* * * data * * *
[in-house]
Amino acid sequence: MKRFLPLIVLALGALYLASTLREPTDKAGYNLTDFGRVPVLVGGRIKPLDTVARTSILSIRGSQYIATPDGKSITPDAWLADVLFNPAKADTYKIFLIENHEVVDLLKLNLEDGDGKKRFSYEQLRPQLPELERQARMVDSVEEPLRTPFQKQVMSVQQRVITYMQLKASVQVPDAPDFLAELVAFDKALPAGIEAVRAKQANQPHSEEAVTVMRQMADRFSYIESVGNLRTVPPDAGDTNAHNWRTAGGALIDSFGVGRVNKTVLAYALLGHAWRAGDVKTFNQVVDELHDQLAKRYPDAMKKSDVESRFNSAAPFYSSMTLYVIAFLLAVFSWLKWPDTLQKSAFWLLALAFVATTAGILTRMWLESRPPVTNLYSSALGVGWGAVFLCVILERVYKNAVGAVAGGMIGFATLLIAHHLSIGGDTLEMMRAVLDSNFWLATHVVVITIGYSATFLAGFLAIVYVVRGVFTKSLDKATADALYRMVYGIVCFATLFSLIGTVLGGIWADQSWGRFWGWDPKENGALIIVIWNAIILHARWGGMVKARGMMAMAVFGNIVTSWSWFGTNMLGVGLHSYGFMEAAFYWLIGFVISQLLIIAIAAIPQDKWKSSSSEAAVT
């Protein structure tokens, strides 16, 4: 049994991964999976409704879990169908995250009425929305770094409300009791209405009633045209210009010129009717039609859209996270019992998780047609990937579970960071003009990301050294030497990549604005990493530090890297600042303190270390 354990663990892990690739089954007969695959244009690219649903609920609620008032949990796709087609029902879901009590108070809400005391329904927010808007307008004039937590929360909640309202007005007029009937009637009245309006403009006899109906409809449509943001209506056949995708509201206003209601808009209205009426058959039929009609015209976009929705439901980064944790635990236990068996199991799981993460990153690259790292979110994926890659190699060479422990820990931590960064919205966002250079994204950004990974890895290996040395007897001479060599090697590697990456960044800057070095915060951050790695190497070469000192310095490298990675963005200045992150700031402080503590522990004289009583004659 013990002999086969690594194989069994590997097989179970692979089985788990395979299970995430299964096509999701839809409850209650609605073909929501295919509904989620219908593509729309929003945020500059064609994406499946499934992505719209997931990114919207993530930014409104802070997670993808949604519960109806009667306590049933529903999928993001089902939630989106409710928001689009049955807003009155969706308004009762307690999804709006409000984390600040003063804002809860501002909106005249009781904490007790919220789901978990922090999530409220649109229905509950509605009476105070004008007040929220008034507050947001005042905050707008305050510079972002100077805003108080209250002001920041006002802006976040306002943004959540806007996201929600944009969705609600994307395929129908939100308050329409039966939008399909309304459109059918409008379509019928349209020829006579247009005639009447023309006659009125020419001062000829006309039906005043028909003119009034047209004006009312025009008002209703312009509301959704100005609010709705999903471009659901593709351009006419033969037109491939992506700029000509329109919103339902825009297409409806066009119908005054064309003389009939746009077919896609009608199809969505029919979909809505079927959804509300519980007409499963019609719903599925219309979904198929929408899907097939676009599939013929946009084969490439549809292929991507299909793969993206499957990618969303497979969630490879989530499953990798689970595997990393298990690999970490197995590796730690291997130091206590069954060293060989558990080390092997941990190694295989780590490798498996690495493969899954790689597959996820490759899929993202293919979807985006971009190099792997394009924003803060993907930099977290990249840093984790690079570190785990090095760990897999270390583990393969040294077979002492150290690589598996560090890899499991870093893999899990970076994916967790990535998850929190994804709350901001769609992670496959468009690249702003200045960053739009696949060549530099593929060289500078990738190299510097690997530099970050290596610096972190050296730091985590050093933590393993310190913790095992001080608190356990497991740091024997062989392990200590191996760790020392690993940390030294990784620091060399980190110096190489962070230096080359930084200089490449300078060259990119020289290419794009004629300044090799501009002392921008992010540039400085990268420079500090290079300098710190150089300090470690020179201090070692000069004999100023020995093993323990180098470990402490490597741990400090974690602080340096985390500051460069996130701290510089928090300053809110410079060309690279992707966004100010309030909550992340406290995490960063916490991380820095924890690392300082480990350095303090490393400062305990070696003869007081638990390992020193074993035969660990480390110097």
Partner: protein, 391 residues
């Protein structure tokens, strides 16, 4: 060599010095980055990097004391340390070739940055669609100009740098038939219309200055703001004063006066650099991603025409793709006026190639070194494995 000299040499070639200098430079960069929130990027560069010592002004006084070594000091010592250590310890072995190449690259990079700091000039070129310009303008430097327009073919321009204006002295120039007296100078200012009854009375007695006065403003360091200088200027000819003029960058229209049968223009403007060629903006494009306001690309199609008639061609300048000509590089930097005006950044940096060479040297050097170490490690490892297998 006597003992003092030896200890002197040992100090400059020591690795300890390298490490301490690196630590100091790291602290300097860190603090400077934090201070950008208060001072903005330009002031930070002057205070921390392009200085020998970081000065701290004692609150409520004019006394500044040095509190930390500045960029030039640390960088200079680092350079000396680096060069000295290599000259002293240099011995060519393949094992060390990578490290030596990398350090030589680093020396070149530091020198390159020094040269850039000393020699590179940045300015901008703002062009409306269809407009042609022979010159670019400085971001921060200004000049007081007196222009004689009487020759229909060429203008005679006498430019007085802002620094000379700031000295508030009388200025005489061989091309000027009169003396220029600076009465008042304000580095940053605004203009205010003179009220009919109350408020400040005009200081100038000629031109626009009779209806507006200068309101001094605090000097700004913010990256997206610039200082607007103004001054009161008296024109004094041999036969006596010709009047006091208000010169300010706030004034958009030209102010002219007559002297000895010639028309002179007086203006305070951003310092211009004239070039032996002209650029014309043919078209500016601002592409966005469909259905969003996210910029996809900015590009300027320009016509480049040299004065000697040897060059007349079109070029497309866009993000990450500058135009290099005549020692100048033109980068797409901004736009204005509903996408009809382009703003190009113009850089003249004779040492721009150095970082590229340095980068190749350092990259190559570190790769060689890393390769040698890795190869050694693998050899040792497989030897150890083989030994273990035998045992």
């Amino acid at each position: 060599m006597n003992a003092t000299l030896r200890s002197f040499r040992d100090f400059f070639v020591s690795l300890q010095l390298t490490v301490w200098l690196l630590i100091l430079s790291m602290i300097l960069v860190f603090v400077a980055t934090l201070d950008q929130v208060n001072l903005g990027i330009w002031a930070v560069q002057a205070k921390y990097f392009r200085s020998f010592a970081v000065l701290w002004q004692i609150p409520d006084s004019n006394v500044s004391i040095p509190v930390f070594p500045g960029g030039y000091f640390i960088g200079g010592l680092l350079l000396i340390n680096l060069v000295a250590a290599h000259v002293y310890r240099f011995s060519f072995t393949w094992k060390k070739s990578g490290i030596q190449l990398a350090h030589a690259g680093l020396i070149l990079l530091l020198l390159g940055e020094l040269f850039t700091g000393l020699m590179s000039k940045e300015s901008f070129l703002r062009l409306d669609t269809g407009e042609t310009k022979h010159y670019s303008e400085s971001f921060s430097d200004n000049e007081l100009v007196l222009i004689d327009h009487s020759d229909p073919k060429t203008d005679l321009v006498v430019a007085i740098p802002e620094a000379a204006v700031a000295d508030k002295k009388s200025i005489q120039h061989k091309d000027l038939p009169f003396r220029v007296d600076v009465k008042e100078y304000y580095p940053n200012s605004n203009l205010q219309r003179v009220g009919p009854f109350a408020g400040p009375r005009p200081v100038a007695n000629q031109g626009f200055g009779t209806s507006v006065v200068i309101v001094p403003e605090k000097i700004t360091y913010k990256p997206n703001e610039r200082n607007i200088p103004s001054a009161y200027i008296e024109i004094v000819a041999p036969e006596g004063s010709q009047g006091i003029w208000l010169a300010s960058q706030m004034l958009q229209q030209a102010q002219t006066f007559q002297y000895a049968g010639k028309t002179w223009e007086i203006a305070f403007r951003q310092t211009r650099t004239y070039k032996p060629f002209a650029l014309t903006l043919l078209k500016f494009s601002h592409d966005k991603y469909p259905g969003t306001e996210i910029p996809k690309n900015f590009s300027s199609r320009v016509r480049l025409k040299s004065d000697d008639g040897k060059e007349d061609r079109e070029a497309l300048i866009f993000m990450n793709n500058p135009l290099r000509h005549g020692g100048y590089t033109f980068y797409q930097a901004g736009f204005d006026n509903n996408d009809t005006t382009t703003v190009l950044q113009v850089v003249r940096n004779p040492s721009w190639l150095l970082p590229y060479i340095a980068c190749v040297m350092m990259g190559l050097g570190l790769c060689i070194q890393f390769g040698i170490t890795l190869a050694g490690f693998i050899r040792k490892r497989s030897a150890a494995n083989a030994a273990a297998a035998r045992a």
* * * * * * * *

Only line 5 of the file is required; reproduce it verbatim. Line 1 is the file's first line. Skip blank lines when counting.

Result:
């Protein structure tokens, strides 16, 4: 060599010095980055990097004391340390070739940055669609100009740098038939219309200055703001004063006066650099991603025409793709006026190639070194494995 000299040499070639200098430079960069929130990027560069010592002004006084070594000091010592250590310890072995190449690259990079700091000039070129310009303008430097327009073919321009204006002295120039007296100078200012009854009375007695006065403003360091200088200027000819003029960058229209049968223009403007060629903006494009306001690309199609008639061609300048000509590089930097005006950044940096060479040297050097170490490690490892297998 006597003992003092030896200890002197040992100090400059020591690795300890390298490490301490690196630590100091790291602290300097860190603090400077934090201070950008208060001072903005330009002031930070002057205070921390392009200085020998970081000065701290004692609150409520004019006394500044040095509190930390500045960029030039640390960088200079680092350079000396680096060069000295290599000259002293240099011995060519393949094992060390990578490290030596990398350090030589680093020396070149530091020198390159020094040269850039000393020699590179940045300015901008703002062009409306269809407009042609022979010159670019400085971001921060200004000049007081007196222009004689009487020759229909060429203008005679006498430019007085802002620094000379700031000295508030009388200025005489061989091309000027009169003396220029600076009465008042304000580095940053605004203009205010003179009220009919109350408020400040005009200081100038000629031109626009009779209806507006200068309101001094605090000097700004913010990256997206610039200082607007103004001054009161008296024109004094041999036969006596010709009047006091208000010169300010706030004034958009030209102010002219007559002297000895010639028309002179007086203006305070951003310092211009004239070039032996002209650029014309043919078209500016601002592409966005469909259905969003996210910029996809900015590009300027320009016509480049040299004065000697040897060059007349079109070029497309866009993000990450500058135009290099005549020692100048033109980068797409901004736009204005509903996408009809382009703003190009113009850089003249004779040492721009150095970082590229340095980068190749350092990259190559570190790769060689890393390769040698890795190869050694693998050899040792497989030897150890083989030994273990035998045992």